Twenty-five journalists were slain around the world in 1988, seven fewer than in 1987, but other forms of violence and intimidation against those who gather the news increased this year, Freedom House said Friday in its annual survey of press freedom.

During the year, 225 journalists were arrested or detained in various countries and 24 expelled, Freedom House said.Fourteen were kidnapped or disappeared, 28 wounded, 90 beaten or otherwise assaulted, 43 were targets of death threats and 12 had their homes raided or destroyed, it said.

It said 40 newspapers or radio stations in 12 countries were closed and that nine were bombed, burned or destroyed. Also, more than 200 instances of lesser harassment occurred.

The anti-press actions occurred in 70 countries, compared to 57 countries the year before.

"The figures do not reflect other forms of official and unofficial editorial censorship, and diverse methods of economic and political pressuring of the mass media," said the survey report prepared by Leonard Sussman, a Freedom House senior scholar.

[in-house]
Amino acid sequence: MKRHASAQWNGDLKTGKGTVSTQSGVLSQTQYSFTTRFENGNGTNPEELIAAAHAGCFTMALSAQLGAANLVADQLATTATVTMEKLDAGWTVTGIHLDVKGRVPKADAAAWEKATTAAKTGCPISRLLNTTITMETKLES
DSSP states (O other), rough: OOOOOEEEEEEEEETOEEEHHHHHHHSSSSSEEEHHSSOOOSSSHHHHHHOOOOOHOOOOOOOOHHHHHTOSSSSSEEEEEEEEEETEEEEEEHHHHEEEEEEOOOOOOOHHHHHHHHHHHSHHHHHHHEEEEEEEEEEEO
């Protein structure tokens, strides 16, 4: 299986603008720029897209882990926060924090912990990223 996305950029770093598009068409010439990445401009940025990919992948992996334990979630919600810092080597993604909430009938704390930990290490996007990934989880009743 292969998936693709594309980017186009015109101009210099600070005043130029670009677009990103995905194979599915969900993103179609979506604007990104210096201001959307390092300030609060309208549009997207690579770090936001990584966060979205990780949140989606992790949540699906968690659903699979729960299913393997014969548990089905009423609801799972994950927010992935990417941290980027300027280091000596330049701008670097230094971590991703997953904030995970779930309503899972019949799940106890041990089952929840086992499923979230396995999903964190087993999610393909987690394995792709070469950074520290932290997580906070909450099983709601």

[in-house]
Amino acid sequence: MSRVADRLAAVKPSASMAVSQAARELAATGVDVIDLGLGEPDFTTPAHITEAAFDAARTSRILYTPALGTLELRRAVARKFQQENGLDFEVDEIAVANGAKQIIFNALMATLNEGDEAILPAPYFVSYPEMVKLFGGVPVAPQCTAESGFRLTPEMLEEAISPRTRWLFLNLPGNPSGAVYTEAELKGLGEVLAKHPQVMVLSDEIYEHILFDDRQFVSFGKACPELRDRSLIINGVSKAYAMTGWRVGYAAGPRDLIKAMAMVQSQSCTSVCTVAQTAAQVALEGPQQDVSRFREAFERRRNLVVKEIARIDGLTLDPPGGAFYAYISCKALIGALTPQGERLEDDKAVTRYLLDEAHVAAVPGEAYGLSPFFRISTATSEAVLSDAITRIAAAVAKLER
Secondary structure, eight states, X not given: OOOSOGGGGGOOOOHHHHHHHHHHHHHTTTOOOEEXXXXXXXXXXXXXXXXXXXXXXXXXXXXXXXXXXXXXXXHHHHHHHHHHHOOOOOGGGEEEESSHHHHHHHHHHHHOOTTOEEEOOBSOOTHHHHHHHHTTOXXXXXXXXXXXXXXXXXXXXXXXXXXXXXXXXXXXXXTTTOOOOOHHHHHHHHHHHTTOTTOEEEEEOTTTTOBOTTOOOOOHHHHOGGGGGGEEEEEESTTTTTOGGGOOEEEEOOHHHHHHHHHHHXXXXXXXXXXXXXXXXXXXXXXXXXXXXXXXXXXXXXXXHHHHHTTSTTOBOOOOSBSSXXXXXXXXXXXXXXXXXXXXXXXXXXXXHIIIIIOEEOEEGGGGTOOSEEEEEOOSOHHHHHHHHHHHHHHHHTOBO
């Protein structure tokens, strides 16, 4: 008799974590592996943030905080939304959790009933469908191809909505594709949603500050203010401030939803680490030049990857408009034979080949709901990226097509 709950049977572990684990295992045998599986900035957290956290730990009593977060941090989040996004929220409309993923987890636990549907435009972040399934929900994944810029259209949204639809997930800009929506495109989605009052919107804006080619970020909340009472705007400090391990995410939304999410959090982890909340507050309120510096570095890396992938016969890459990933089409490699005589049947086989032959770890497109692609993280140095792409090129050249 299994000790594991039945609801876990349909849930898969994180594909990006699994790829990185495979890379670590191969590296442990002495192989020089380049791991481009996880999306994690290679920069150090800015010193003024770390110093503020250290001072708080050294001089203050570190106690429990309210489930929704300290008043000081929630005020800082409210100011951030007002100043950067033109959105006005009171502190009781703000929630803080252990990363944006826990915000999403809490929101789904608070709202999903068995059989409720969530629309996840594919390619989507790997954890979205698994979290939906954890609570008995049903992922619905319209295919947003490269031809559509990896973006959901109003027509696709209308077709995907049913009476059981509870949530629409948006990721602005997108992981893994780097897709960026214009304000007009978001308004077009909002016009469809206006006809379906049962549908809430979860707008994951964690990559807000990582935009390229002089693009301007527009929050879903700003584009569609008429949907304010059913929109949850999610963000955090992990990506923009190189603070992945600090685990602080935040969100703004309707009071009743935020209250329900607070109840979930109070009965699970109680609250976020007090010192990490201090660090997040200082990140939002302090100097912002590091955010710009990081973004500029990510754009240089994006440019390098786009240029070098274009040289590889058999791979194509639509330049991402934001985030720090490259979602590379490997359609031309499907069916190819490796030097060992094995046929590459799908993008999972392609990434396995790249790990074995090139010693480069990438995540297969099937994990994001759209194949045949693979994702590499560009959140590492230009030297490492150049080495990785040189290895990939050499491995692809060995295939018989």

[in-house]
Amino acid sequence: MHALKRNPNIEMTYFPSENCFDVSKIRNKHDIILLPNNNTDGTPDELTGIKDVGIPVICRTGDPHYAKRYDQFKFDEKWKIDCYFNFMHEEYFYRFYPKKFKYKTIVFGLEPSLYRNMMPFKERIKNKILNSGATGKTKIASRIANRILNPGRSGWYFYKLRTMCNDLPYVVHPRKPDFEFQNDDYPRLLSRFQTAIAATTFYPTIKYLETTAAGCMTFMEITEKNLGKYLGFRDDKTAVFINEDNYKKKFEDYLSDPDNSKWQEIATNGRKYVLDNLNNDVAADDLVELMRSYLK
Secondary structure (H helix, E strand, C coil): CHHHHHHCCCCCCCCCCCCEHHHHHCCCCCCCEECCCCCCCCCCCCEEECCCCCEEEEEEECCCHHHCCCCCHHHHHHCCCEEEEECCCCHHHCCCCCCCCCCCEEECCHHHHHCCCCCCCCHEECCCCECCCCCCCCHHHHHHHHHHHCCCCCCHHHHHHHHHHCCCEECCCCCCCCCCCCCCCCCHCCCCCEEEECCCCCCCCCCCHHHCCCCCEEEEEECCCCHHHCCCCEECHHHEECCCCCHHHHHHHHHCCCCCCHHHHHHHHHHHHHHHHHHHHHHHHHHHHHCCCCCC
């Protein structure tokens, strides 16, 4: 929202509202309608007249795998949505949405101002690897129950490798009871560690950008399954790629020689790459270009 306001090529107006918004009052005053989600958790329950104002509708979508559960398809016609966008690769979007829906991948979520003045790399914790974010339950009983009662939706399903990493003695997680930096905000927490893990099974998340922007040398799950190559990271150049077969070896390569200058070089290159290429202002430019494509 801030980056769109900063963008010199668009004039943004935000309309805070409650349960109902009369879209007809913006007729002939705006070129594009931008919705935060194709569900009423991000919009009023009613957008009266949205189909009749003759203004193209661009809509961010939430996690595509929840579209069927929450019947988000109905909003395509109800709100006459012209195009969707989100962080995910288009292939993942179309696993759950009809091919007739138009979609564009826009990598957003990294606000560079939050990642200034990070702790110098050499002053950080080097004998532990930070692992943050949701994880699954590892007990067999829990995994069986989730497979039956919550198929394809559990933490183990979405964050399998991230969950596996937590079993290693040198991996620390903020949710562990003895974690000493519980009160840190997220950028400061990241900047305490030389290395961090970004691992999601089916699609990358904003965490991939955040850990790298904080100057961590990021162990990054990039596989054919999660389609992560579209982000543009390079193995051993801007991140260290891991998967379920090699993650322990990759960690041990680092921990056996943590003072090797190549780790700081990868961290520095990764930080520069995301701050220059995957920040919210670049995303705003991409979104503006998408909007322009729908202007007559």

"The statistics are a clue, however, to those official actions which generate self-censorship by journalists," he said.

The world survey rated press conditions as "most free" in 57 countries, including most states of the Western alliance, and "least free" in 83, including the communist bloc and much of the Third World. Nineteen other countries were described as "intermediary" and included some of Central America and scattered Third World nations.

It said the United Kingdom, whose press is in the most-free category, was slipping by using its Official Secrets Act to try to block publication of some stories.

It said that such least-free nations as China, the Soviet Union and Hungary had improved by displaying more openness while remaining centrally controlled.

Freedom House describes itself as a non-partisan national organization that monitors political and civil rights and tries to strengthen free societies.